“They’re almost like your second mother,” Lisa Glyden said. “They care about you so much. It influences you to make right decisions.”


Like Hunter-Davis and Dr. Sylvia Swilley, a pediatric cardiologist and executive director of the group, the adult officers of Teenshop’s local chapter are all professional women: Dr. Daphne Calmes, a specialist in behavioral and developmental pediatrics; Dr. Lori Walker, a specialist in internal medicine; Rose Clayton, a legal secretary; and Rene Nourse, vice president of investments with Prudential.

When they talk to the girls about staying in school, going to college and achieving their goals, before becoming pregnant, they are speaking from experience.


"[They] see all these African American adults who have done it,” said Walker, who grew up in the Crenshaw district. “I think that has inspired them to go for that higher goal.”

Many of the women who run Teenshop remember the support they received in their youth from family, extended family and their communities--and the difference it made in their lives.

“When I was in high school, women in my church gave money to help me pay for my applications for college,” said Swilley, who grew up in Portsmith, Va. “I very much came from an environment where people helped out the kids who were trying. When I find kids who are trying to make something of themselves I think we need to lend a hand.”

The need for help is perhaps even greater today. Youths, particularly African American youths, are bombarded with negative images about themselves, Walker said.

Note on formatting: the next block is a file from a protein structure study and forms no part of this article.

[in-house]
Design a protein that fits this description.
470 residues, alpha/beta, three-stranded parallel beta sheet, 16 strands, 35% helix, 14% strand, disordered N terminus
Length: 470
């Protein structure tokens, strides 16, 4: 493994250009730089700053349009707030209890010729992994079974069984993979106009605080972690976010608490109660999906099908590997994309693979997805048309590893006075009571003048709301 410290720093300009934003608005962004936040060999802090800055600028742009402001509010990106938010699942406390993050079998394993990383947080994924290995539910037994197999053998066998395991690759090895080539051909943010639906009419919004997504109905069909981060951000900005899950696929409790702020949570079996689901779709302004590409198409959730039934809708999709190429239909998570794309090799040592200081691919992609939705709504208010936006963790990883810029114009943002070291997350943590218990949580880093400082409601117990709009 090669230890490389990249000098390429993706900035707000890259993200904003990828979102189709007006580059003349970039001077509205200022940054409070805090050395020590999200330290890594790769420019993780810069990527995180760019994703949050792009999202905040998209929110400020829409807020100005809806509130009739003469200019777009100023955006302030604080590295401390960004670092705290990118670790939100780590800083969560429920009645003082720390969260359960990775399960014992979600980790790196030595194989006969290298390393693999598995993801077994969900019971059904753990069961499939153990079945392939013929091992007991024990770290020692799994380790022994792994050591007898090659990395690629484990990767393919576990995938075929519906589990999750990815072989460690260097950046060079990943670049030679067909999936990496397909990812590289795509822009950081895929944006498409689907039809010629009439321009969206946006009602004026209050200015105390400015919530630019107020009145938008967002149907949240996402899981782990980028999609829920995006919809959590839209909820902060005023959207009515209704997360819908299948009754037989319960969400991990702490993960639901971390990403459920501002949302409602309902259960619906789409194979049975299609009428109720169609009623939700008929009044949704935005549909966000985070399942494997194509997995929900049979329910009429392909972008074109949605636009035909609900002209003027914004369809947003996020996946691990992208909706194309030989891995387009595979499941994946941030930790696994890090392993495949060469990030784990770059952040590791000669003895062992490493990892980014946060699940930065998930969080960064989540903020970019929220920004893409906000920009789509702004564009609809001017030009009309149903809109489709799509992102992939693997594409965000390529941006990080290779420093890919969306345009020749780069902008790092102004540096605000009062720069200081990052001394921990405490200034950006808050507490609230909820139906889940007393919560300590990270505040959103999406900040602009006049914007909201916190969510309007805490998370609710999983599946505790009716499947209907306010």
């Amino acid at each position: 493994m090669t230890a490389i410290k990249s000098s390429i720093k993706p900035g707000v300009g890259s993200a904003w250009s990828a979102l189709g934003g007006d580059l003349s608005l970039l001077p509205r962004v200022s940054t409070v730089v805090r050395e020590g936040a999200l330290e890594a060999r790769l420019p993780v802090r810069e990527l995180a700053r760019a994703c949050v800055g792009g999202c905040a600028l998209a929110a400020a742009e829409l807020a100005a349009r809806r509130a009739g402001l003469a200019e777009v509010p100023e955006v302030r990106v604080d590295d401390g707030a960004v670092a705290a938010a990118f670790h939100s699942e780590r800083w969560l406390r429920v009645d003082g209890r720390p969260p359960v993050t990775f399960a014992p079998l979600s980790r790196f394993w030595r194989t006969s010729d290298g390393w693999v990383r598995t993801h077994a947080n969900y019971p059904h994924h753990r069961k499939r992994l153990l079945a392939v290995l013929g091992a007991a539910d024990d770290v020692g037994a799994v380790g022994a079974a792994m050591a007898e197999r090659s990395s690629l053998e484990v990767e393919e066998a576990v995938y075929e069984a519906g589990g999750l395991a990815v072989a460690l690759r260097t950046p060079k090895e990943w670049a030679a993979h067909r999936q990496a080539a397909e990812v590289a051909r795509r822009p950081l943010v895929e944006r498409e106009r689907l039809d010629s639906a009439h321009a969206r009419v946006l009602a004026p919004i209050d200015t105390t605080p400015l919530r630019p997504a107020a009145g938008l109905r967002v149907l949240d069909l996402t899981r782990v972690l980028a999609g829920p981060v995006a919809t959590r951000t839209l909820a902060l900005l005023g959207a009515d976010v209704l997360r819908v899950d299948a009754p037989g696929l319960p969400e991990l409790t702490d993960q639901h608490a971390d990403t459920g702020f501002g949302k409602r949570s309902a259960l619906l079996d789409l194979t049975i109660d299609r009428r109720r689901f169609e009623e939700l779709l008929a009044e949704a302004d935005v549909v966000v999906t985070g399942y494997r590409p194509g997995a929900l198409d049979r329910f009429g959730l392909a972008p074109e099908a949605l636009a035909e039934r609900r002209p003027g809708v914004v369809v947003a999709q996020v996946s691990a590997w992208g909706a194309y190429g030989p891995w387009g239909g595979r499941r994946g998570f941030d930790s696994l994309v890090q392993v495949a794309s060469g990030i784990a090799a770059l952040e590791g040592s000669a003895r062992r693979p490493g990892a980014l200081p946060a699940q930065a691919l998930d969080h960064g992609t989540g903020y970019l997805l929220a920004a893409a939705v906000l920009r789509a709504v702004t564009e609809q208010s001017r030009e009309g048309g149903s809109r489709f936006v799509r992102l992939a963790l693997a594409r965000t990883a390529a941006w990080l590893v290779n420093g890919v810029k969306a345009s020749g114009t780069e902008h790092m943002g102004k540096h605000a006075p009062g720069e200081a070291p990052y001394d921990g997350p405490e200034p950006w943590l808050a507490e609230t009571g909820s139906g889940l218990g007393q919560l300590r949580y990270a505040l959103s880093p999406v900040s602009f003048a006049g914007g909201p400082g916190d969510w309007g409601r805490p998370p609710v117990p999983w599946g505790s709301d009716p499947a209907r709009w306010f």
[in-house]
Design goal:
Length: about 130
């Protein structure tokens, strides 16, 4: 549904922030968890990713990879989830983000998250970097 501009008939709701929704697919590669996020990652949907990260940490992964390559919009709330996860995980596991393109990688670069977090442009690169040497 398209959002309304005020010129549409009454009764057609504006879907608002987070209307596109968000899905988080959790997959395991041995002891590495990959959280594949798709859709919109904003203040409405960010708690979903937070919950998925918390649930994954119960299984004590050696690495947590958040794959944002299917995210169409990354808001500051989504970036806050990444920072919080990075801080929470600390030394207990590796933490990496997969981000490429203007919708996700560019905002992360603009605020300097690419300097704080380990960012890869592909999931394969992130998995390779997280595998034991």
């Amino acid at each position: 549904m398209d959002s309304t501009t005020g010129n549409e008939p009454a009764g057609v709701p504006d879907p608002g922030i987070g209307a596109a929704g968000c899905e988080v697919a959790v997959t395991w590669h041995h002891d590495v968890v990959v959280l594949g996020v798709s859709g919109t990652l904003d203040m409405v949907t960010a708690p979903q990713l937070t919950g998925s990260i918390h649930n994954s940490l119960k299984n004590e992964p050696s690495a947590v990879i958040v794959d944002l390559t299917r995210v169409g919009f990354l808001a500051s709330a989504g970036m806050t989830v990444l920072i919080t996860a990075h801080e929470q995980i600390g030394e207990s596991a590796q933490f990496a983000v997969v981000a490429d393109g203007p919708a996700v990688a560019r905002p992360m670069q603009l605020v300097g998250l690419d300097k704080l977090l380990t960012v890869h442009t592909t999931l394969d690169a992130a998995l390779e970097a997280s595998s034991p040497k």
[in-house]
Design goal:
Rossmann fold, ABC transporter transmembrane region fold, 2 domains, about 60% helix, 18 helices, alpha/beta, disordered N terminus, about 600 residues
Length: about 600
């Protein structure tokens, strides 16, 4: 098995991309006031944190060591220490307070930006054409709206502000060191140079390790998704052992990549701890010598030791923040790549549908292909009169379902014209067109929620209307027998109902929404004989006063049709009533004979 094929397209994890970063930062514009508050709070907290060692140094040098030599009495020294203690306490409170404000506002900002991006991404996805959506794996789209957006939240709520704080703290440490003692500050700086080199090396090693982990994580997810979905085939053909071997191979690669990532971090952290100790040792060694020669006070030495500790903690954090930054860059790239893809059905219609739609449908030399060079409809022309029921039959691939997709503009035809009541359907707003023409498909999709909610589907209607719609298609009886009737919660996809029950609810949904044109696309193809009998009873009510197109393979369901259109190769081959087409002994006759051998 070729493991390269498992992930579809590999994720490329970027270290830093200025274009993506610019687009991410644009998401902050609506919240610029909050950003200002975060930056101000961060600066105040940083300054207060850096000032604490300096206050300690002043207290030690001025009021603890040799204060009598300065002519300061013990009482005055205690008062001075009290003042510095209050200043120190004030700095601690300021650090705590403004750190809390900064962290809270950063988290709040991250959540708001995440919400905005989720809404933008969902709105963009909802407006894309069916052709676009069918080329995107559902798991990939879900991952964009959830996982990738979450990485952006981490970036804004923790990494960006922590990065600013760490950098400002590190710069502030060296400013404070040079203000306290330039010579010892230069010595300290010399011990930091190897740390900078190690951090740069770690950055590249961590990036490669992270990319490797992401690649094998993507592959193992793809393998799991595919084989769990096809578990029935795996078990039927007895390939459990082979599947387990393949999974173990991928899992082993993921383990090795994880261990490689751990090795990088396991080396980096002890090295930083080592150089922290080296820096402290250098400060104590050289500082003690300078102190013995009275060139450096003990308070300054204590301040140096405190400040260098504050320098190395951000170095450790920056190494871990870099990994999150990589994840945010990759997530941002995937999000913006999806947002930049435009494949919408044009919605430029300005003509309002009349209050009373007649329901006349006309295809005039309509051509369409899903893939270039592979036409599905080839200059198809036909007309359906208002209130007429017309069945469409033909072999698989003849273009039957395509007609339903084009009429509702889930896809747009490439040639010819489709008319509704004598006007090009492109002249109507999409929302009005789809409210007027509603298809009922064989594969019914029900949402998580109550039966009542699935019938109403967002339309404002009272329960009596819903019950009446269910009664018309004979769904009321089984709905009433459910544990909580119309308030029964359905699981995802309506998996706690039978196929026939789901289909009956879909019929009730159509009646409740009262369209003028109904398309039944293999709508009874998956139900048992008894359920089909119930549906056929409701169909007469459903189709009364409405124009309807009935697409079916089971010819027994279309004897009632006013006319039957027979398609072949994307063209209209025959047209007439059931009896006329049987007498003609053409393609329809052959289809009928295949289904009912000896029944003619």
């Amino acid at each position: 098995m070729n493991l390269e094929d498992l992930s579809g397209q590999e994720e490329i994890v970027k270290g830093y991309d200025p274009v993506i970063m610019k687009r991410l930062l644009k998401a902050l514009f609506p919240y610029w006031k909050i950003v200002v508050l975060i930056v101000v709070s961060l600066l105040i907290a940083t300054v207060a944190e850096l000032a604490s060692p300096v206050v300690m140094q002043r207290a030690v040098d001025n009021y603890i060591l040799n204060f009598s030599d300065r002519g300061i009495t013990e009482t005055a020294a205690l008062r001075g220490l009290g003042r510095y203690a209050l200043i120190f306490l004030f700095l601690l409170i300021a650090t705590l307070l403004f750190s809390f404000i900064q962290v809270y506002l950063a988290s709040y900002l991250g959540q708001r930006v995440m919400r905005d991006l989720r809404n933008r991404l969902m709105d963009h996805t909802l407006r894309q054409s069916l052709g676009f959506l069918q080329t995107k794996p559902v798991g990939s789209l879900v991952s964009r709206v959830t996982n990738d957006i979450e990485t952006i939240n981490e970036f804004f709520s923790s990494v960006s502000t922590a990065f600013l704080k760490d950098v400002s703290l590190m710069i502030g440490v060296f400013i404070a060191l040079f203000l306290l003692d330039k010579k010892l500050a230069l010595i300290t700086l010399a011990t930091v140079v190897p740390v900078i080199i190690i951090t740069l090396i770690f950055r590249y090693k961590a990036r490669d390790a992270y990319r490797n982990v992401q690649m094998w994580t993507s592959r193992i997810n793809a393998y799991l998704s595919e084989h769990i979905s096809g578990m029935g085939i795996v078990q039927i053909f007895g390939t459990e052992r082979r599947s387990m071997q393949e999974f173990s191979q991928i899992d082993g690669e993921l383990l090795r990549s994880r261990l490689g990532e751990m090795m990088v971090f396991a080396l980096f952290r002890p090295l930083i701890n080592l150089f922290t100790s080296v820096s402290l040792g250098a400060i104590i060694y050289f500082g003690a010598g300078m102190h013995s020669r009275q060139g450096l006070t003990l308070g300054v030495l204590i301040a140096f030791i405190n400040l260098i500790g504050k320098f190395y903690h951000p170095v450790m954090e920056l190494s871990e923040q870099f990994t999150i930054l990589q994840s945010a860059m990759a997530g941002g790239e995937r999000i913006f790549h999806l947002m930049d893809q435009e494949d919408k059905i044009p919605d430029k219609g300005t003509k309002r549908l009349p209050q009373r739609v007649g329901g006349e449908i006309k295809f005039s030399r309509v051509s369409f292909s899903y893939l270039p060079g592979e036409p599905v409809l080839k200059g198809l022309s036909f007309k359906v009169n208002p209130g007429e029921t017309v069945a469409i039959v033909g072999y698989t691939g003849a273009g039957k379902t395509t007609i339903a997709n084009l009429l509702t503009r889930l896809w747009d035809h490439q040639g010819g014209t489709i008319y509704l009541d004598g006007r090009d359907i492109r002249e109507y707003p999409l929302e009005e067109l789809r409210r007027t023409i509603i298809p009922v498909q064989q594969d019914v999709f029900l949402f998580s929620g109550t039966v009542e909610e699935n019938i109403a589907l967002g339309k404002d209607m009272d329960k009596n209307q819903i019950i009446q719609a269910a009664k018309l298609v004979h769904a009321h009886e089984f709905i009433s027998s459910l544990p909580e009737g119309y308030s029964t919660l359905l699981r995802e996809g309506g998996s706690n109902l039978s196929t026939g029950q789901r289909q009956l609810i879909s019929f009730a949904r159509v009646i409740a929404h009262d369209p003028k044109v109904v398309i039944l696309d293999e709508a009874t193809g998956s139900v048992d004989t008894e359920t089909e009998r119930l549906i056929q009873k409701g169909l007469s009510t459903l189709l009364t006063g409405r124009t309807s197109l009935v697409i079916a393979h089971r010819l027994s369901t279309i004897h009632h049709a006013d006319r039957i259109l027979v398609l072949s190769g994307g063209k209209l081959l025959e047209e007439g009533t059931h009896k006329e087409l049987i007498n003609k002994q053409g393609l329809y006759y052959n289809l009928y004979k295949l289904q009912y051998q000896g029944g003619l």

“They tend to believe that that’s the way life should be and that’s how it going to continue,” Walker said. “Hopefully, Teenshop will break the cycle and the girls will then go out and be role models for other teens.”

When it comes to sex, girls of all races face the assumption that “everyone is doing it.”

“Over a million girls get pregnant each year,” Hunter-Davis said. “Many years ago, a girl had to leave town if she got pregnant because it was such a negative connotation for a non-married woman to be pregnant. Those mores and social pressures aren’t there anymore. It’s almost accepted.”

It is not accepted in Teenshop. Although the group is open to any girl age 13 to 18 as long as she is a student, teenage mothers cannot join. Any member who becomes pregnant is dismissed.


“We have teen mothers come in and speak to our girls,” Hendley said. “These are teen mothers who will speak strongly against teen pregnancy and tell the girls how they wish they had not become [pregnant].”


The group has faced some criticism for its policy toward teenage mothers, but surprisingly little, Hendley said.

She was heartened by a federal report released last week that showed a record low in the percentage of unmarried black women giving birth. Though still high in comparison to white women, the rate is the lowest since 1969, when the government began tracking the statistic.


Hendley said she believes Teenshop and programs like it have contributed to the decline in teenage pregnancies.

Hendley started the first chapter at a church in North Philadelphia in 1985, and today there are three chapters.

Hendley has turned down requests to open new chapters because of a lack of funding. The organization is trying to raise money to hire a national executive director.

The Los Angeles chapter, which has about 30 members, has received some assistance from Kaiser Permanente and the friends and families of its officers.


If Fayola had her way, more girls would attend Teenshop.

“It’s sad other people don’t have the experience we have, going to Teenshop and talking about our problems and having other people there to support us,” she said. “I think it would do them a lot of good.”